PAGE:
by Karen Ball
I’m sure you’ve heard this before: Follow your passion.
Well, I have to admit that I don’t buy into that statement. My passion is not “out there” to be followed like some puppy chasing a ball.
My passion is inside me. And it’s something that developed from following my curiosity. I wasn’t born with the many passions that propel me through my day; they matured by my paying attention to what interested me and then checking those interests out.
But it wasn’t always that way for me.
by Karen Ball
If you read my post from March 16, you’ll know how much importance I put on relaxation. It’s not just me either. Everywhere you look these days, you will see mountains of anecdotal and data-driven evidence on how “un-relaxed” our society is. That chronic level of stress is playing havoc on our health.
If you want to “kick-it-up a notch” in the relaxation department, then I suggest considering how to use hot and cold mineral stones within a reflexology session.
Adding stones to a reflexology session invites the recipient into such a deep experience of themselves it almost defies definition. I swear that the following statements were not written by a copy-writer! They are true, authentic experiences of clients, word-for-word, shared after receiving a Reflexology Rocks! session:
“As strange as they may sound, I feel like I entered the earth itself. I didn’t leave my body; I became part of the body of earth.”
“The experience was the most relaxed I have ever felt. It wasn’t like floating; it was more like sinking into the safety and solidity of the earth.”
“The experience is almost primordial. I have no words to describe the peaceful state I was in.”
If you are a certified reflexologist, or have taken at least one weekend of reflexology training (hands or feet) please consider joining us for this 6-hour class at FSM on Monday, April 20. If you’ve not yet taken a reflexology workshop, there is one at the school on the Saturday and Sunday preceding this class.
In this short class you will learn how to:
– safely use hot and cold mineral stones (basalt, marble and soapstone) in either a hand or foot reflexology session;
– utilize Himalayan salt crystal stones to reduce the effects of harmful electro-magnetic frequencies on the body;
– learn how to incorporate aromatherapy with hot stones;
– incorporate quartz crystal stones to balance the seven primary chakras.
More importantly though, you will yourself experience why clients rave about stone reflexology.
Details and registration here.
Reflexology Rocks! Rock your world!
by Karen Ball
The other day I got into a conversation on a Facebook reflexology group page I follow. The exchange started with a woman’s struggle (her word) around the term Thai Reflexology. She wondered how someone practicing this age-old therapy could call it “reflexology” when the techniques were so different from what she knew.
Her comments sent me back to an earlier time in my reflexology career. Back in 1983, I learned what is now referred to in the United States and Canada as “conventional” reflexology, based on the theories and techniques developed by Eunice Ingham, known fondly as the “grandmother” of modern reflexology. For more than 10 years, I just assumed that reflexologists all over the world practiced reflexology as I was taught, happily thumb and finger-walking their way around an ancient map of foot and hand reflexes corresponding to other parts of the body. And then…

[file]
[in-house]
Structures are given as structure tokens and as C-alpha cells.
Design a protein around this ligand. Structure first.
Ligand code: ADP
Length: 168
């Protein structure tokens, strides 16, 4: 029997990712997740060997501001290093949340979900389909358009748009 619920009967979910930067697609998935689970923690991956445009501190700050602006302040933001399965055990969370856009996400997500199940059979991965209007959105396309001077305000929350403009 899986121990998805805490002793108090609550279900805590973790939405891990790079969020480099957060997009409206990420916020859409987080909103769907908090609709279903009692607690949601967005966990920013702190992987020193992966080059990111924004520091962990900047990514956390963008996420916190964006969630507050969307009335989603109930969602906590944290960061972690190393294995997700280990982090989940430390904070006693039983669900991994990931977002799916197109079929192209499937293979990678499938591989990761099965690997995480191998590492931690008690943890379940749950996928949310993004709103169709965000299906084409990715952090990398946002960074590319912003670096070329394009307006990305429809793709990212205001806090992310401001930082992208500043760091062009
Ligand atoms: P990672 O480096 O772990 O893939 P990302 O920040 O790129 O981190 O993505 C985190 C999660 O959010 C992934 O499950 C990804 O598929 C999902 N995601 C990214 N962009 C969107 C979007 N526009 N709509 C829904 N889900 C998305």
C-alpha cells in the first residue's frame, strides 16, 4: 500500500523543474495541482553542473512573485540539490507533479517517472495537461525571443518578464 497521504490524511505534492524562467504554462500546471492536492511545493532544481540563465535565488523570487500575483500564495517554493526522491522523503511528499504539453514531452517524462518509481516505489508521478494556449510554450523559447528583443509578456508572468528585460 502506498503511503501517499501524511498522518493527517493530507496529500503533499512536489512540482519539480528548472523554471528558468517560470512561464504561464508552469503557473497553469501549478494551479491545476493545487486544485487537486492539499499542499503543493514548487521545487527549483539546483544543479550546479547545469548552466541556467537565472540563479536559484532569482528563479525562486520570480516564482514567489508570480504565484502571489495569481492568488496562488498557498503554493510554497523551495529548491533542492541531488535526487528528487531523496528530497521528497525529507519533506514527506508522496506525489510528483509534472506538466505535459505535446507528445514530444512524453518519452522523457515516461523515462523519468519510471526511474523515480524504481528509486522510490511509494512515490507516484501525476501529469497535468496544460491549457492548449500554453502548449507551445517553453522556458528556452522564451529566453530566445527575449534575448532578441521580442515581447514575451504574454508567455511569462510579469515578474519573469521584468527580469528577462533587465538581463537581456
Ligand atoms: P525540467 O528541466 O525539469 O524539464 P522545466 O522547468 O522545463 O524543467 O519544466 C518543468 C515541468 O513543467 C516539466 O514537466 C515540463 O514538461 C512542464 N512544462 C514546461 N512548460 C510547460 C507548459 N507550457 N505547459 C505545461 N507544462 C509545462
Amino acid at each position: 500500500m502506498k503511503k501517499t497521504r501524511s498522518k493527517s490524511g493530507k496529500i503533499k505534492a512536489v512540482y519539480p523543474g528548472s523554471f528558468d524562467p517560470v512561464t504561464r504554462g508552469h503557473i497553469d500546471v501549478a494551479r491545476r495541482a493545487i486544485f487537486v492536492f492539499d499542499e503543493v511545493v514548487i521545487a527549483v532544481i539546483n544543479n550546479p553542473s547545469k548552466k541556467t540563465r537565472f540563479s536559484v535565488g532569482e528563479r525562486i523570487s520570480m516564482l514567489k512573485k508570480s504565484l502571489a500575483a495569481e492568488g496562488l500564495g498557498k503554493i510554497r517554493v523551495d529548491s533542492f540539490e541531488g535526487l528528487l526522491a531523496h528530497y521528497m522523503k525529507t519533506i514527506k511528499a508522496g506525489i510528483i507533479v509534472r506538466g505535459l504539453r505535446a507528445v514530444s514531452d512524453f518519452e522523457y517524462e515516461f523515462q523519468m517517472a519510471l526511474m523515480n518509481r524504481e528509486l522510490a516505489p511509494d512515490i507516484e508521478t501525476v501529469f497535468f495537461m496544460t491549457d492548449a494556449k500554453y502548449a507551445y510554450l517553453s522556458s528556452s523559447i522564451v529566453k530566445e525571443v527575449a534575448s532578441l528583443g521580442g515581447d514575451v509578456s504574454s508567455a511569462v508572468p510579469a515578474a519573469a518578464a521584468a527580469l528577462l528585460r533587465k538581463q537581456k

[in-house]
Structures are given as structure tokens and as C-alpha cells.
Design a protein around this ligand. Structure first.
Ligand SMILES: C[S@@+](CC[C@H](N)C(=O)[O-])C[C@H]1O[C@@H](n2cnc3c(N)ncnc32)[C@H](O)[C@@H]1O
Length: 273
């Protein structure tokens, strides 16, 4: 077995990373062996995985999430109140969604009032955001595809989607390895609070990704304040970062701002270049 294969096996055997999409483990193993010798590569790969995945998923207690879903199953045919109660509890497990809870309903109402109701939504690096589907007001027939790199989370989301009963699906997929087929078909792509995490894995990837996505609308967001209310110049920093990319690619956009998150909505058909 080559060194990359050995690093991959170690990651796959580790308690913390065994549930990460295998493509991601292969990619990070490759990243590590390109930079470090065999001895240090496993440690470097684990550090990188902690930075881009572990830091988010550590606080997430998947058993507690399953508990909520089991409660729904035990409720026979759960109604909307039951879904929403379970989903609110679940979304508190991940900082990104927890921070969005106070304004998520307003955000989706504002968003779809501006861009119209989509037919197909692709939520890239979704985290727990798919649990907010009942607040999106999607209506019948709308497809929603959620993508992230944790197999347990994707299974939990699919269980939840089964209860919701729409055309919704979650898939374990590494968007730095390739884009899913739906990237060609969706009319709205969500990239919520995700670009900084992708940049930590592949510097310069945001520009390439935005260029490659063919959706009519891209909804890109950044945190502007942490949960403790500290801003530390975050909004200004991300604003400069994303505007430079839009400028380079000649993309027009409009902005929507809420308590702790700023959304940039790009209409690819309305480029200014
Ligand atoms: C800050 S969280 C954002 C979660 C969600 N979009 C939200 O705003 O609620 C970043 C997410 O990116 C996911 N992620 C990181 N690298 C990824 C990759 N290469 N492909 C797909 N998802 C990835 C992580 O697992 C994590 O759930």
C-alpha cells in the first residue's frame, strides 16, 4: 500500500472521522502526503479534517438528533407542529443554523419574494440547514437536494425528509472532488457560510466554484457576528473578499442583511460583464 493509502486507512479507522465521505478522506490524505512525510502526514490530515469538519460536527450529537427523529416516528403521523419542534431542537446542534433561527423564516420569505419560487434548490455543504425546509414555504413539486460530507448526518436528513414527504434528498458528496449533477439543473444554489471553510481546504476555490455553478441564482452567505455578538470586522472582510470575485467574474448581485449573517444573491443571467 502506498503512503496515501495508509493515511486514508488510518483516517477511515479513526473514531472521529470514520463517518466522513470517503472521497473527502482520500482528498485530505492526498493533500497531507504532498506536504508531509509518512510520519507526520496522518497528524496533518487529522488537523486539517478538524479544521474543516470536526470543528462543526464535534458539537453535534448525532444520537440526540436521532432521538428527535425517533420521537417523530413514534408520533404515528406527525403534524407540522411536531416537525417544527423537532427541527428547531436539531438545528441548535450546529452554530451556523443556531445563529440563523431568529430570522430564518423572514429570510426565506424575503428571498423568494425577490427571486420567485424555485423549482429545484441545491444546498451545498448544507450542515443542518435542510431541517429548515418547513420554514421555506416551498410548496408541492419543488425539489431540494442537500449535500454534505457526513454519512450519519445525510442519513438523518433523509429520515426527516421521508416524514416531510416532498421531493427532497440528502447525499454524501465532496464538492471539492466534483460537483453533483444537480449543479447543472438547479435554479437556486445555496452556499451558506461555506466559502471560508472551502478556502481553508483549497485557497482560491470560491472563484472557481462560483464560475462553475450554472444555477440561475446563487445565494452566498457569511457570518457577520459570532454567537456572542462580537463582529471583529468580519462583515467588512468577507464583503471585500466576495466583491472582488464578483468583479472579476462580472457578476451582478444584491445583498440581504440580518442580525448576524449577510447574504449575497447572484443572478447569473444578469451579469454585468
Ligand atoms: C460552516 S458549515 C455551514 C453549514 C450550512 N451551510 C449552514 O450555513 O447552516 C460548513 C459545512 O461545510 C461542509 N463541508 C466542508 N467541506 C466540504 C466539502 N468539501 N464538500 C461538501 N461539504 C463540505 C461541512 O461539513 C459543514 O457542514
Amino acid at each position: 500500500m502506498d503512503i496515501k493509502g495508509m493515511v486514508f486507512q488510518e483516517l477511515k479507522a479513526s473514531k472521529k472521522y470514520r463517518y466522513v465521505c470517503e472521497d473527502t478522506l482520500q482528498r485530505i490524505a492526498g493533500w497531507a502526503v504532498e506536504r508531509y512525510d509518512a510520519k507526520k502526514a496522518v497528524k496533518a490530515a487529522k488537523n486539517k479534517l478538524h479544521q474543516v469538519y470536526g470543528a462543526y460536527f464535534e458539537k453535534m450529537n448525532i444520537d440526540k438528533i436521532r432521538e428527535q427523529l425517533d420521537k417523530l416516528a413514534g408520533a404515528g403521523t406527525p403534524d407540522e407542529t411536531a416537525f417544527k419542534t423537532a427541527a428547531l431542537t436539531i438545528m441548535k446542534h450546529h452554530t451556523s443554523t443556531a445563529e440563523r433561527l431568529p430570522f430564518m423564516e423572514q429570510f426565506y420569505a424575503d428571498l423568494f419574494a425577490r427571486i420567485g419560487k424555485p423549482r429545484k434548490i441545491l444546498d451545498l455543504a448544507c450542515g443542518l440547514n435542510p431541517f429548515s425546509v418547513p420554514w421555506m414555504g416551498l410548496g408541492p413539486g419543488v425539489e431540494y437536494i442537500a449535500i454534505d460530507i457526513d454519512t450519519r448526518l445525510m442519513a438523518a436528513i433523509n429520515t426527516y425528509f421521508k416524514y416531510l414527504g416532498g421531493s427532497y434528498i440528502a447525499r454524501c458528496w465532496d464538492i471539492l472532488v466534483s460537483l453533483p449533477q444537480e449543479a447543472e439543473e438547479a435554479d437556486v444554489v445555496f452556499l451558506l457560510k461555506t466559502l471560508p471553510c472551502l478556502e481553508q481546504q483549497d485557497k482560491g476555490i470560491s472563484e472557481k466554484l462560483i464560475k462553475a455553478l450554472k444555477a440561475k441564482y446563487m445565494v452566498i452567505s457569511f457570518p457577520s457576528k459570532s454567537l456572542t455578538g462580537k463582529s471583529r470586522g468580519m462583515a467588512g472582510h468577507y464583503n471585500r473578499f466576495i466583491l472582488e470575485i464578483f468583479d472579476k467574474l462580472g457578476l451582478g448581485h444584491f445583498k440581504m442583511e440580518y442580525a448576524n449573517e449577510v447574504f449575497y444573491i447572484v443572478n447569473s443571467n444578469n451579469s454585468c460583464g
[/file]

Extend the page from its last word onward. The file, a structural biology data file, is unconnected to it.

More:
I was exposed to how people taught reflexology in other countries: Dr. Tae-Woo in Korea, Father Josef in Taiwan, Lone Sorenson in Spain, Chris Stormer in Africa, Sharon Stathis in Australia. Ayurvedic reflexology, cranial-sacral reflexology, Thai reflexology, limbic reflexology – the list goes on and on.
As my horizons widened, I expanded my personal definition of reflexology to include all these wonderful approaches and beliefs. I came to the conclusion that any therapeutic work done on the feet or hands that has both the intention and the protocol to affect the body’s physiology was reflexology, no matter the technique.
One of the things that often attracts massage therapists to Thai Foot Reflexology is the short amount of time it requires to learn how to offer the session. It’s a relatively small investment of time and money to explore interest in offering footwork and to witness the acclaimed benefits with clients.
Unlike the conventional model of reflexology, which takes hundreds of hours of training, Thai Foot Reflexology can be learned in only two days. The reason for this is because the session is delivered as a sequence of techniques followed in a particular order, whereas conventional reflexology requires a much deeper study of reflex locations and techniques and how to confidently customize sessions for individual client needs.
Thai Reflexology developed in a country that relied on an understanding of energy and how its status in the body defined wellness or dis-ease. Based on explicit trust of the nature of the human body to seek homeostasis, Thai Reflexology works solely to assist the body to return to equilibrium, as opposed to directing influence to specific organs.
Thai Foot Reflexology is a good way to stand out in the crowd, whether you practice conventional reflexology and/or massage therapy. Please join us at FSM for a Thai Foot Reflexology workshop on Saturday and Sunday, December 6 and 7. This is the last workshop I’m offering this year, and the last one before prices increase in 2015.
Please contact Karen directly with questions: email@example.com
Click here to register for the workshop.
Many of you have had the pleasure of attending a live reflexology class; some of you haven’t. In any case, you may be interested in watching a video I made for the Florida School of Massage’s U-tube channel. In it I explain a little about the theories behind reflexology, the longitudinal and horizontal zones, the reasons people seek out reflexology, and more. You’ll also see a demonstration of a foot reflexology session. It was fun for me to watch the video. People always comment about my voice when I’m teaching, and I just got to experience it myself!! http://youtu.be/hrvnnf7wzj4